Ethiopian Malnutrition Birth Risks

Ethiopian Malnutrition Birth Risks

As per the national demographic and health survey of 2000, it appears that 51 percent children under 5 years of age in Ethiopia are chronically malnourished.

The severe form of malnutrition like Kwashiorkor and Marasmus, that are visible in rehabilitation centers, account for only 20 percent of malnutrition related deaths among children in Ethiopia. This has shifted the attention away from mild and moderate forms of malnutrition which has affected a larger part of the population. The number of children dying in Ethiopia due to protein-energy malnutrition is as high as 470 per day.

Breastfeeding is known to protect children against infections, illnesses and death. International experts had recommended that the infants be breastfed for at least 6 months but it has not been possible due to lack of availability. As breastfeeding contributes to increase intervals between births, that would have helped to improve the health of mothers and infants. 24 percent infant deaths were found to be due to poor breastfeeding practices.

Vitamin A deficiency has become a major cause of infant child mortality in Ethiopia. 27 percent children below 5 years are age suffer from sub-clinical vitamin A deficiency. This lowers the resistance to common infections and causes child mortality.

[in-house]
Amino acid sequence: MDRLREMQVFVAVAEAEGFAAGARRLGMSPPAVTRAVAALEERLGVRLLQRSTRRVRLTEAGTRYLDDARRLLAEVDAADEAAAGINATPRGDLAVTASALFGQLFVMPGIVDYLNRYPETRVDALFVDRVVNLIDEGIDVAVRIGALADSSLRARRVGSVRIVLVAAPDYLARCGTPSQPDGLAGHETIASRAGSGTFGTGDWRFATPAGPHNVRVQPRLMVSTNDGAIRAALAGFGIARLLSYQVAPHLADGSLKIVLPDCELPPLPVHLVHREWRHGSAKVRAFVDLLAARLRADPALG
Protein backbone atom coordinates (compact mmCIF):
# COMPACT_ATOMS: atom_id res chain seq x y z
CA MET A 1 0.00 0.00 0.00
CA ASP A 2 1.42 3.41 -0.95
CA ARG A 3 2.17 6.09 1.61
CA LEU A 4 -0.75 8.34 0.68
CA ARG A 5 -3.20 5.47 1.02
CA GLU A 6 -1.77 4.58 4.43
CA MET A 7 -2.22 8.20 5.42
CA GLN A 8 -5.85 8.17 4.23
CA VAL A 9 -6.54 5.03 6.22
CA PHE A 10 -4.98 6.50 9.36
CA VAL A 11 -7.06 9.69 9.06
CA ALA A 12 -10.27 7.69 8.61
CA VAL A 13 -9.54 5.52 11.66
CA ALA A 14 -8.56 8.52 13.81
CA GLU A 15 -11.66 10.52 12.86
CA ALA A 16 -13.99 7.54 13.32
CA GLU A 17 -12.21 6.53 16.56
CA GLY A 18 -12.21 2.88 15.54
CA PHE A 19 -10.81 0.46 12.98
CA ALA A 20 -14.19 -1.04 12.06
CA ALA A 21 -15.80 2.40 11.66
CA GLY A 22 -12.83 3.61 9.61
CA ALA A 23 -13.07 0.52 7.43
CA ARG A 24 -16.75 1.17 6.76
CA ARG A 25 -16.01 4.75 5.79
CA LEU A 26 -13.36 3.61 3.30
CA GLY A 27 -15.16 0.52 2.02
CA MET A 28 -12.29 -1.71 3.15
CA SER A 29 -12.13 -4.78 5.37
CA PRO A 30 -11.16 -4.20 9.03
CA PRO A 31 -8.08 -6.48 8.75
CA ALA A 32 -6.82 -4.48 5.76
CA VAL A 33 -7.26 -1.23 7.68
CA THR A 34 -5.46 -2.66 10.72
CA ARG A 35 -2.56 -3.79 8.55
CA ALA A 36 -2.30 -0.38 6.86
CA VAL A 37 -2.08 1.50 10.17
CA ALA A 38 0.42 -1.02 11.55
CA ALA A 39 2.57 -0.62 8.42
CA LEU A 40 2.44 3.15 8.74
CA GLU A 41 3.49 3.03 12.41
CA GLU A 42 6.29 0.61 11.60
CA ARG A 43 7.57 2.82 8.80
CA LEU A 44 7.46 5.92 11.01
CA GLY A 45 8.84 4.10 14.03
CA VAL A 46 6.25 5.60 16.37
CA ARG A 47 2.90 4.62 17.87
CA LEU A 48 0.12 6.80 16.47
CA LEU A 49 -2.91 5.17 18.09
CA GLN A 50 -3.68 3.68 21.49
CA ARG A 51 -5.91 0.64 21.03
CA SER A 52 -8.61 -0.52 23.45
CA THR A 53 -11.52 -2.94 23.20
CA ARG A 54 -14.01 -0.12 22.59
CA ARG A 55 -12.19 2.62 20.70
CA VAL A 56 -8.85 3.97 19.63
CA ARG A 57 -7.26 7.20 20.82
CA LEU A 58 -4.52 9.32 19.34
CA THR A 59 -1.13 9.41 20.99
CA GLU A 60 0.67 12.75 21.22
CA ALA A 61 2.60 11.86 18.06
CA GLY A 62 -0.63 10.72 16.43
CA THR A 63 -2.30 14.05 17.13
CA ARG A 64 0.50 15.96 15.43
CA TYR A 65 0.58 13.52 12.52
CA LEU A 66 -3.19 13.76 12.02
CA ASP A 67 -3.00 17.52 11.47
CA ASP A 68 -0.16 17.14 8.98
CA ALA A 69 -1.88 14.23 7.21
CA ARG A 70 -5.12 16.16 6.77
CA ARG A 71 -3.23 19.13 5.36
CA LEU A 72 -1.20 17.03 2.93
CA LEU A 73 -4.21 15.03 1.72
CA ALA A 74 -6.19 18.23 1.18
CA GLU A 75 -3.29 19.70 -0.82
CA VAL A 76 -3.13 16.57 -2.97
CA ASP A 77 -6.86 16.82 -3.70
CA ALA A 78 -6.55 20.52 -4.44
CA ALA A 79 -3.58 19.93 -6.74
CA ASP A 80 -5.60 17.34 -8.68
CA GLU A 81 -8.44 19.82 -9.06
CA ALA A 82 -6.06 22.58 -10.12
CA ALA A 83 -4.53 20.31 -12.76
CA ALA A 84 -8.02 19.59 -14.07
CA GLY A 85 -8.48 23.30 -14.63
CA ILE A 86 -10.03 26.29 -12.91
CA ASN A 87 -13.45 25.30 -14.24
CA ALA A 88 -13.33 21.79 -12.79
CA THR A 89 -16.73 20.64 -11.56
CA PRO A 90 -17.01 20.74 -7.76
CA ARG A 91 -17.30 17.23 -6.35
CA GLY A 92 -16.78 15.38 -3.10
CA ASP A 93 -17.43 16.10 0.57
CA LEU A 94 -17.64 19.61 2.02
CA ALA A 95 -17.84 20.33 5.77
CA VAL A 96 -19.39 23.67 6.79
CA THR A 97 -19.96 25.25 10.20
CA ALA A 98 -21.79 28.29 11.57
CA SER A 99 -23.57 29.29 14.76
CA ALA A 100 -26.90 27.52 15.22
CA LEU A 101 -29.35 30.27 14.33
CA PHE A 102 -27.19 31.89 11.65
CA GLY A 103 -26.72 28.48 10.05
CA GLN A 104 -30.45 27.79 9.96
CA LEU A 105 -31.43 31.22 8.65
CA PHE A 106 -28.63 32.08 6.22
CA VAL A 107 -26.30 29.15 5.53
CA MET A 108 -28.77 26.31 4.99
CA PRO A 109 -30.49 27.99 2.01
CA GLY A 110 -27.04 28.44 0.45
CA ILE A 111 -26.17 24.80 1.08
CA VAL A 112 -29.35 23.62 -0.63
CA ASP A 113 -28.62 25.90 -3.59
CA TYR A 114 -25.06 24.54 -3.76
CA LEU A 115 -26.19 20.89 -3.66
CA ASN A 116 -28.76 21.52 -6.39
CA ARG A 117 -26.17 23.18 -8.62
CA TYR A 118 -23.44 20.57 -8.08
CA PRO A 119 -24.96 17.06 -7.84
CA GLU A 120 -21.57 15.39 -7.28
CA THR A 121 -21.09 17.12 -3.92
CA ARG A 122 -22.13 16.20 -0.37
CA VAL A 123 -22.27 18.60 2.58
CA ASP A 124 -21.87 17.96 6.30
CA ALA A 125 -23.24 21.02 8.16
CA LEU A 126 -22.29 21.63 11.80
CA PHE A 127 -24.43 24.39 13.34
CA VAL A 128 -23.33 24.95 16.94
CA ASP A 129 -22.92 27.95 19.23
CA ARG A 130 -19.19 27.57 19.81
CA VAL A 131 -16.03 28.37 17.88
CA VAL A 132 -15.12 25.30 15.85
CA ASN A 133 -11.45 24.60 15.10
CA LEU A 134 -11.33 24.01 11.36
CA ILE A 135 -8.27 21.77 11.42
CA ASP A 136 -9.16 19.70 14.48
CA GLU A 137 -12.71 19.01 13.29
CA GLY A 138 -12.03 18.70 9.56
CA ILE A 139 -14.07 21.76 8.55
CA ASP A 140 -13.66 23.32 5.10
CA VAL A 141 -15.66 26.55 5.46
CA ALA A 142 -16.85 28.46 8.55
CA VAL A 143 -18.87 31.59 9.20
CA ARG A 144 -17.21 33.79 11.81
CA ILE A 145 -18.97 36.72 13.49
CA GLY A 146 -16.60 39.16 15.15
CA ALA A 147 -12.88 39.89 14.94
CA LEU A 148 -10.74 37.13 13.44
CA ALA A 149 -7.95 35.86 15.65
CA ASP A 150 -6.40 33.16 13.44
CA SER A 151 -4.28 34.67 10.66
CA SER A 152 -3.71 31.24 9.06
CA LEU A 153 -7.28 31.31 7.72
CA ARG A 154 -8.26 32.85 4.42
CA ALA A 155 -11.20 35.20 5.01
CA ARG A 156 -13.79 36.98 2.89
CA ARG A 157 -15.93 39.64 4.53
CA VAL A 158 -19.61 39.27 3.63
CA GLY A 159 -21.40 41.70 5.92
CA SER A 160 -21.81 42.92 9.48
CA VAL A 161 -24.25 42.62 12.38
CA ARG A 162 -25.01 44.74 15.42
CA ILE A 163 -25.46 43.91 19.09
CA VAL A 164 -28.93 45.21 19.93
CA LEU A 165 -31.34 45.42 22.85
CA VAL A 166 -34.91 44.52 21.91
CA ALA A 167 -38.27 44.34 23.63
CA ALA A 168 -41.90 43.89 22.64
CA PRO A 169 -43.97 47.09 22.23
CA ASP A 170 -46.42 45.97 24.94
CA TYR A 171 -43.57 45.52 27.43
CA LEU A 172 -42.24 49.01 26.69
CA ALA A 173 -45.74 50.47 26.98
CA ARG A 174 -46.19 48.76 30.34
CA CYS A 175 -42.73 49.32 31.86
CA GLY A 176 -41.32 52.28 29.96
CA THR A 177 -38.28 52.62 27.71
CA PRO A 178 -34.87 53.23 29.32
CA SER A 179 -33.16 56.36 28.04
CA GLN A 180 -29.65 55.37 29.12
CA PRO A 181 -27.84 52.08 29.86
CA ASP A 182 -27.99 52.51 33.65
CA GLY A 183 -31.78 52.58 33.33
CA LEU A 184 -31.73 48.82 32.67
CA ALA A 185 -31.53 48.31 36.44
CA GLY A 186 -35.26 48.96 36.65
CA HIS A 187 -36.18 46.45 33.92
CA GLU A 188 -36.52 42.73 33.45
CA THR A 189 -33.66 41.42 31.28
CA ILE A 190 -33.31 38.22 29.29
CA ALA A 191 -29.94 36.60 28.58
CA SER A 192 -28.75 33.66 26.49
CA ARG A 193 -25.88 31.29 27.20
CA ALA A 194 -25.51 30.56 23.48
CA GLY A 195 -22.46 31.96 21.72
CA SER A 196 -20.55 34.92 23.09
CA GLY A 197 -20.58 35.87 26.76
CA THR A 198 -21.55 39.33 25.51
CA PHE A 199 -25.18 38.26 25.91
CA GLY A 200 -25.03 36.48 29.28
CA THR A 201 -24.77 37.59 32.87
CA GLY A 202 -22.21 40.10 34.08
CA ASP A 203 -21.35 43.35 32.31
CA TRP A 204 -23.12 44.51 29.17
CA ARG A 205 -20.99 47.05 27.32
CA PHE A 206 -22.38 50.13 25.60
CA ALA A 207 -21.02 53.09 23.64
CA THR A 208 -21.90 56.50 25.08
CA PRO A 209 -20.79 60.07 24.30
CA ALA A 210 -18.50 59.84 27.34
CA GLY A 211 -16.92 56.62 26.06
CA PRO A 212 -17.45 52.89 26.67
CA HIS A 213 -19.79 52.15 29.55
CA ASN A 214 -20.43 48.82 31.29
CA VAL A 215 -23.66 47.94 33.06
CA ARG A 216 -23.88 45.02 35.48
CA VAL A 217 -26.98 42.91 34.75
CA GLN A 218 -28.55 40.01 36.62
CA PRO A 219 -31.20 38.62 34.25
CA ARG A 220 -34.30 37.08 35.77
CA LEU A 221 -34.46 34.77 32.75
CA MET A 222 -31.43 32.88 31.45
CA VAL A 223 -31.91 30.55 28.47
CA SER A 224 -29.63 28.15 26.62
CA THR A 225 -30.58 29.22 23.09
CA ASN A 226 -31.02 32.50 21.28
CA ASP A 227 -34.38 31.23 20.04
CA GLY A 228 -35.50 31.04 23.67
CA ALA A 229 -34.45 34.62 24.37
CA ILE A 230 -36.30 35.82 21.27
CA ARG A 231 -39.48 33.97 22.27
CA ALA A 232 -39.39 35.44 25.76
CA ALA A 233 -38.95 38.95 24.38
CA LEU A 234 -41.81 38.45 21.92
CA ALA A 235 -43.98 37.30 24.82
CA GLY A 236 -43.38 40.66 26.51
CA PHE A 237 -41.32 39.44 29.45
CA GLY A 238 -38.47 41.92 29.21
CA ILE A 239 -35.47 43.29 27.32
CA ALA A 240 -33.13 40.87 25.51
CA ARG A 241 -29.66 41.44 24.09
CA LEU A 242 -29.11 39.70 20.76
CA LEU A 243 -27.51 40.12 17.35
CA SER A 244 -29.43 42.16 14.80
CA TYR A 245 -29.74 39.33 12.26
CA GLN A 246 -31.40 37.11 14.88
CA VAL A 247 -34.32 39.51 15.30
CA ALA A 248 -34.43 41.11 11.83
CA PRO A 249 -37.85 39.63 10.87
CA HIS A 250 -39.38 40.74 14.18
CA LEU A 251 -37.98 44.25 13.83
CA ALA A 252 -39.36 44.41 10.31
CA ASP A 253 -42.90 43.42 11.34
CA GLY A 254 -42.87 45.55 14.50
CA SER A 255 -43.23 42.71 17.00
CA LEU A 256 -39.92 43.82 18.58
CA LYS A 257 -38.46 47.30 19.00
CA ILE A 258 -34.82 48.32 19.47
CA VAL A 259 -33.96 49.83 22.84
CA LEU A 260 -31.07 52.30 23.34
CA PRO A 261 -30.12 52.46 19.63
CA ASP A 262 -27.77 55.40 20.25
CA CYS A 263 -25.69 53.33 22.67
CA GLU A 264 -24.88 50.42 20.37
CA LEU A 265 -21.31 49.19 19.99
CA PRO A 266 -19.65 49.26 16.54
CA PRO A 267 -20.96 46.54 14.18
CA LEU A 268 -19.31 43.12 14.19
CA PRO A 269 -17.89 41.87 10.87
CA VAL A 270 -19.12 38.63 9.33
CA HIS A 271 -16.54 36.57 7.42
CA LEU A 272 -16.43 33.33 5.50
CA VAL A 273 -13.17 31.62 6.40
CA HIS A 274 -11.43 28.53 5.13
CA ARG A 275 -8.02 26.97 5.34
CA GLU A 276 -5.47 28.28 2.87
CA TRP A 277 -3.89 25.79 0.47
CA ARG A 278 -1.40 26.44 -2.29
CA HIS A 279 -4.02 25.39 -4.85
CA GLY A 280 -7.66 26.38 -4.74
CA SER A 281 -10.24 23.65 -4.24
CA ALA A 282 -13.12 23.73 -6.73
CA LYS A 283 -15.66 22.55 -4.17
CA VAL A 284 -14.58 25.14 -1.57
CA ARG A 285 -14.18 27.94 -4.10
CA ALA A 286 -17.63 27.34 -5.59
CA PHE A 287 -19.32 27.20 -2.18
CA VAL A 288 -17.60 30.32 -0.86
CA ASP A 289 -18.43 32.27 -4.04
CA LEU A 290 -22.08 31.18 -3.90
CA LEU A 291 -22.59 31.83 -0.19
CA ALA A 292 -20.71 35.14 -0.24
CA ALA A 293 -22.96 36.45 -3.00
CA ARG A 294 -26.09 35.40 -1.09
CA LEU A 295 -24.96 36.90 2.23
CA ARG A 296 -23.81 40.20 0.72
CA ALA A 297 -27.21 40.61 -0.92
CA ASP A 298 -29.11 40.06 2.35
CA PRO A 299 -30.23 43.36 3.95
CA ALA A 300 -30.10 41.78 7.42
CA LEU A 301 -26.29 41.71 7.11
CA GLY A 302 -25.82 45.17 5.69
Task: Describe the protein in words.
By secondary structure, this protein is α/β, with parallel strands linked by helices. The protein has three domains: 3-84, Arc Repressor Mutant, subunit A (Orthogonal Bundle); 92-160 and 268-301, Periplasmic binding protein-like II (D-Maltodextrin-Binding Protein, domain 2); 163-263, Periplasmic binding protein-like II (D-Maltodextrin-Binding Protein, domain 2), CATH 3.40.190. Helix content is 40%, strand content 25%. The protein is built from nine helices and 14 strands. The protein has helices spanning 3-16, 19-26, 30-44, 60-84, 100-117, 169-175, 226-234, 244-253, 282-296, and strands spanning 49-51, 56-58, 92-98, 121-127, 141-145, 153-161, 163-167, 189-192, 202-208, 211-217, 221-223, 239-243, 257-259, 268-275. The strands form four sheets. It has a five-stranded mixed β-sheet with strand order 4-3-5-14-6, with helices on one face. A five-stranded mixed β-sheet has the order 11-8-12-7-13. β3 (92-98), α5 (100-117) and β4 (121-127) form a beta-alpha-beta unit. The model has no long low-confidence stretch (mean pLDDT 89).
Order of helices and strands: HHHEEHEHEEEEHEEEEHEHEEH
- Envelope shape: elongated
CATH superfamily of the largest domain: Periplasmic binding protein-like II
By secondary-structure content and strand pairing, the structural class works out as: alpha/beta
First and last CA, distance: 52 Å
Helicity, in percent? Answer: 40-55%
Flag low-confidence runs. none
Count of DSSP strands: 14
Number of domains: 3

As iodine is necessary for normal development of the brain and pregnant women in iodine deficient regions are likely to give birth to mentally retarded children. It has been observed from studies that babies born to iodine deficient mothers on an average 3 percent suffer severe mental and physical damage, 10 percent moderate mental retardation and 87 percent some form of mild intellectual disability. The percentage of people affected by goiter, a sign of iodine deficiency is 22 percent of the population. So many newborns will suffer from mental disability.   

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Ethiopian Malnutrition Birth Risks